The Professional Association of Caregivers assists you to learn the basic caregiving skills with an online course while keeping up with senior care industry news and you'll receive a t-shirt and lapel pin along with the training. You may also apply for a caregiving job on Caregiverlist to begin working as a companion caregiver.
Senior caregiving requires many skills to enable the care delivered to be successful for both the caregiver and the senior and their loved ones. Understanding basic skills for how to safely transfer, bathe and dress a senior along with knowing eldercare laws for privacy of information and elder abuse are all needed skills. Understanding age-related illnesses and how they progress, symptoms and treatments enable the caregiver to better provide care for the senior and better understand what they are experiencing.
Memory loss caregivers must understand the different types of memory loss in order to know how to manage the care.
Take online caregiver training to meet certification requirements in your state and to better assist as a family caregiver.
This week the Wall Street Journal reported that the senior home care sector has grown by 6.6% annually for franchise businesses, which is faster than the 2.6% compound annual growth rate for the franchise industry. Americans are aging, living longer, and choosing to age in their homes.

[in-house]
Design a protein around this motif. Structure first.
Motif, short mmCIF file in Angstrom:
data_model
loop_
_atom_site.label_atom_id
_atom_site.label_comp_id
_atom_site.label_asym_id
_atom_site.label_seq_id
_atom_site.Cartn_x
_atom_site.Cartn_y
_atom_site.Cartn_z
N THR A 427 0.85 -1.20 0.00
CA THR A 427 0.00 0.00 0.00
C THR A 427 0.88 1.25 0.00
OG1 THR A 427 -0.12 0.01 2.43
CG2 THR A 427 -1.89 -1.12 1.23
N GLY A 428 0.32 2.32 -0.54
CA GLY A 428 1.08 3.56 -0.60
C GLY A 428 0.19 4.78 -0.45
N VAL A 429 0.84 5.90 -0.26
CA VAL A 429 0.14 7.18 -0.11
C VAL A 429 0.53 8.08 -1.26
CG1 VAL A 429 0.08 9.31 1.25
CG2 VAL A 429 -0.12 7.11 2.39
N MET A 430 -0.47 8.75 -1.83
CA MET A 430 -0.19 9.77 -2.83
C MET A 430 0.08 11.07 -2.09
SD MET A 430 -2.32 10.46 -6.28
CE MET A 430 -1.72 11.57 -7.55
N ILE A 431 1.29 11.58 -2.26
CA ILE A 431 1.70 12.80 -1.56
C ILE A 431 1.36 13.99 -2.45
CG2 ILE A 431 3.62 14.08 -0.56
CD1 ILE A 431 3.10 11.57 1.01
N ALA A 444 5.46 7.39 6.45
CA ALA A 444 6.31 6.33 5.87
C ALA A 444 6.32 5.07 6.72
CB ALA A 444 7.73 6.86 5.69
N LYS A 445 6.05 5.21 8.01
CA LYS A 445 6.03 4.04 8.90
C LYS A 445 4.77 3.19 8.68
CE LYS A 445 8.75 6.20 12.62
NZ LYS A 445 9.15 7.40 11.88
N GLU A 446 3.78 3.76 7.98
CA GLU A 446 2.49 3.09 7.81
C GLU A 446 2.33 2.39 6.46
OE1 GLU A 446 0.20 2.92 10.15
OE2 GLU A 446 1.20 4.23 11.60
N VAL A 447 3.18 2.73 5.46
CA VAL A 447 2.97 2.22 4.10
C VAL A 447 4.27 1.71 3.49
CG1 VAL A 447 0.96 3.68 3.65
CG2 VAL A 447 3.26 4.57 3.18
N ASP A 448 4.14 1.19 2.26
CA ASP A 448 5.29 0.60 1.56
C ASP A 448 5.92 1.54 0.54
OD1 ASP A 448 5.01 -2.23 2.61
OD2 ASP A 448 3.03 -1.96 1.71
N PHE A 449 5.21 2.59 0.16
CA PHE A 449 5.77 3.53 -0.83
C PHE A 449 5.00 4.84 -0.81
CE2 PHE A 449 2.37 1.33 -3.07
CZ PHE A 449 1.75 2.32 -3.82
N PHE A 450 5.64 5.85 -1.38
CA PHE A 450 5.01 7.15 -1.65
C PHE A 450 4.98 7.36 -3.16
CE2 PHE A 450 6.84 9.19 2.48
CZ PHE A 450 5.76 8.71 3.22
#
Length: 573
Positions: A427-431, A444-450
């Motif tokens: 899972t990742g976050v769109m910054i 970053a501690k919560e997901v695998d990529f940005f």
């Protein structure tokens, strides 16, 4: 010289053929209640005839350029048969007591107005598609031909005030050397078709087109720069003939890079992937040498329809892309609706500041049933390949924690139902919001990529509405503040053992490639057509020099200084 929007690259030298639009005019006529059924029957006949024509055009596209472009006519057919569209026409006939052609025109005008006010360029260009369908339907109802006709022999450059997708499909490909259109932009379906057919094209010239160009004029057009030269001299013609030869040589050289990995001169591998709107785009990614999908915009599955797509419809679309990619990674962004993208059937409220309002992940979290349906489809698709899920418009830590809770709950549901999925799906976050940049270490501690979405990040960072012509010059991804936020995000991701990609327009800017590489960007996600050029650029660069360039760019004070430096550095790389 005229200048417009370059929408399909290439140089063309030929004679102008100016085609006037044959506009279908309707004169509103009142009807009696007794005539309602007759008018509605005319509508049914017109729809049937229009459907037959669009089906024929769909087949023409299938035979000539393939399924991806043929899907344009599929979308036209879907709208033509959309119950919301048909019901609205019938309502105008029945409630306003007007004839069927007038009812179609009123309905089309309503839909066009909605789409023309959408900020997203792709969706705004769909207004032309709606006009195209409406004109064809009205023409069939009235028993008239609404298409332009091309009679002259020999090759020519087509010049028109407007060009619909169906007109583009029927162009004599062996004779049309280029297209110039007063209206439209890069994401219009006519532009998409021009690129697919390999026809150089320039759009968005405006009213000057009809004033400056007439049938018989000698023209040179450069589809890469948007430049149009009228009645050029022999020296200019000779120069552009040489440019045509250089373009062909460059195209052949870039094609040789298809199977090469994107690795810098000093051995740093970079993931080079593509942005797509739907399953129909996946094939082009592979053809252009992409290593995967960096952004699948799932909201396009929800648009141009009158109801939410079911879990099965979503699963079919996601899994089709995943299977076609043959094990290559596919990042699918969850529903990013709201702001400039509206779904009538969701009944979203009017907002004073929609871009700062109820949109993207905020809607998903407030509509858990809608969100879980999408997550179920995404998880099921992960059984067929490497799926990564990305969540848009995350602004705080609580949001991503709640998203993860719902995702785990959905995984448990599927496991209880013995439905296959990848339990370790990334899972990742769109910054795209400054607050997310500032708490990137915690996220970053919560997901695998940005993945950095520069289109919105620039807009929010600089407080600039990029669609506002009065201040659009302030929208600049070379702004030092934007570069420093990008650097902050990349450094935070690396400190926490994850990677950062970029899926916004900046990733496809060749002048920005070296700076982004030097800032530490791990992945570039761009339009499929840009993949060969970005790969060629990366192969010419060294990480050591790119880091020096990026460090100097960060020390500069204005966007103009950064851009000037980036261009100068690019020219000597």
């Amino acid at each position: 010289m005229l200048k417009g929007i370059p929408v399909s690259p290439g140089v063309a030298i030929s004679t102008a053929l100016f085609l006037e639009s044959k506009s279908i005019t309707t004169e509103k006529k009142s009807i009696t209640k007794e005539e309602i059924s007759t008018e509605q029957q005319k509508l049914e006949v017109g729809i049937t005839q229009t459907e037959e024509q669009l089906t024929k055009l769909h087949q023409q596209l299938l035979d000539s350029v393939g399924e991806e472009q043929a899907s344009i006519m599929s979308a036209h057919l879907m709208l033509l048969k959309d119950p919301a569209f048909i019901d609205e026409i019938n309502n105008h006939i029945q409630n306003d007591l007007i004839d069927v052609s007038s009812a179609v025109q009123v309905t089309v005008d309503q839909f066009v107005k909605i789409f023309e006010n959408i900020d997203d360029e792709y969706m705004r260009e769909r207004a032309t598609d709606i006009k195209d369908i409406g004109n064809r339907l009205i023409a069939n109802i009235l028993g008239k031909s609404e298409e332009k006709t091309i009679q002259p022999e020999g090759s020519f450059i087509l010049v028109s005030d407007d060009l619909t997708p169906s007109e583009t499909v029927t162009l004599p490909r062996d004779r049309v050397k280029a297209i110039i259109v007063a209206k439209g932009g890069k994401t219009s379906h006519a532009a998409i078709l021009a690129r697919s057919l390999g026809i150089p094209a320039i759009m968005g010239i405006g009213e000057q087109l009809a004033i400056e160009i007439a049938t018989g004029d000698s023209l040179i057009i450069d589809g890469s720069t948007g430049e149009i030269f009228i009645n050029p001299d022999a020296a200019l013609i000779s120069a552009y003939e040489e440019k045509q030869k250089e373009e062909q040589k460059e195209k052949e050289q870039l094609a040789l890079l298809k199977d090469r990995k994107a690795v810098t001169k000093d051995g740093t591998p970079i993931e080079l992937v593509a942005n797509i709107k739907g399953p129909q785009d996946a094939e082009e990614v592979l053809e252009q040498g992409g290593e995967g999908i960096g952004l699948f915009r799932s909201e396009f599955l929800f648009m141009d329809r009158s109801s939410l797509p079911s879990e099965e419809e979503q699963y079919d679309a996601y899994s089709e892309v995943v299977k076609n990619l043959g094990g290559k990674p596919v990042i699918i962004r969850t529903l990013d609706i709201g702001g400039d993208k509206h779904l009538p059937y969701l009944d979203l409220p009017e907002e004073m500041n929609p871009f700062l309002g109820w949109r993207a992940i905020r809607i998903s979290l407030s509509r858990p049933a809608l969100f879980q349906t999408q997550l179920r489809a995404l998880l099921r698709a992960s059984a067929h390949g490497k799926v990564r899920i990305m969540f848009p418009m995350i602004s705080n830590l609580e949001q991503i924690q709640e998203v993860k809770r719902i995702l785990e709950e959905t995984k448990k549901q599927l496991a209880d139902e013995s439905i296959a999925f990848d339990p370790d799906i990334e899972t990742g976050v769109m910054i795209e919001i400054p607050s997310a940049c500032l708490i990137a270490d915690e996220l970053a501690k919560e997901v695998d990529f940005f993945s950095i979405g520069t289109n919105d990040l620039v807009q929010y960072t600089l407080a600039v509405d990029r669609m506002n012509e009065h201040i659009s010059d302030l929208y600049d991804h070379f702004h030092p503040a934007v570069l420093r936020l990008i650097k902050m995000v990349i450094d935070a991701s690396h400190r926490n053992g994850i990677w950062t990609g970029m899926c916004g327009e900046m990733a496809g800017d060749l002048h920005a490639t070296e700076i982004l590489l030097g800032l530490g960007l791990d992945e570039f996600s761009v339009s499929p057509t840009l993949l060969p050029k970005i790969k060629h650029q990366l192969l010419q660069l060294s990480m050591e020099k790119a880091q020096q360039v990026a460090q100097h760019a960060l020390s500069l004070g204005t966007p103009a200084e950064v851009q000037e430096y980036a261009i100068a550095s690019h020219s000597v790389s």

Caregivers, however, are still in demand, by these hiring senior care companies. Many people do not realize that senior care is an industry and that caregiving is a profession.
Join the Professional Association of Caregivers to receive online caregiver certification training, a t-shirt and lapel pin and become involved with a community of senior care executives who support "caring for the caregiver". Part-time and full-time job positions are available and companies hire new caregivers weekly to keep up with the quick turnaround required as seniors never plan ahead for senior care. States are also passing legislation requiring minimum training for professional caregivers and you can also learn about the state caregiver training requirements. Students and early retirees can enjoy working as a caregiver to earn income while also providing a fulfilling service.
Join Professional Association of Caregivers to begin your career.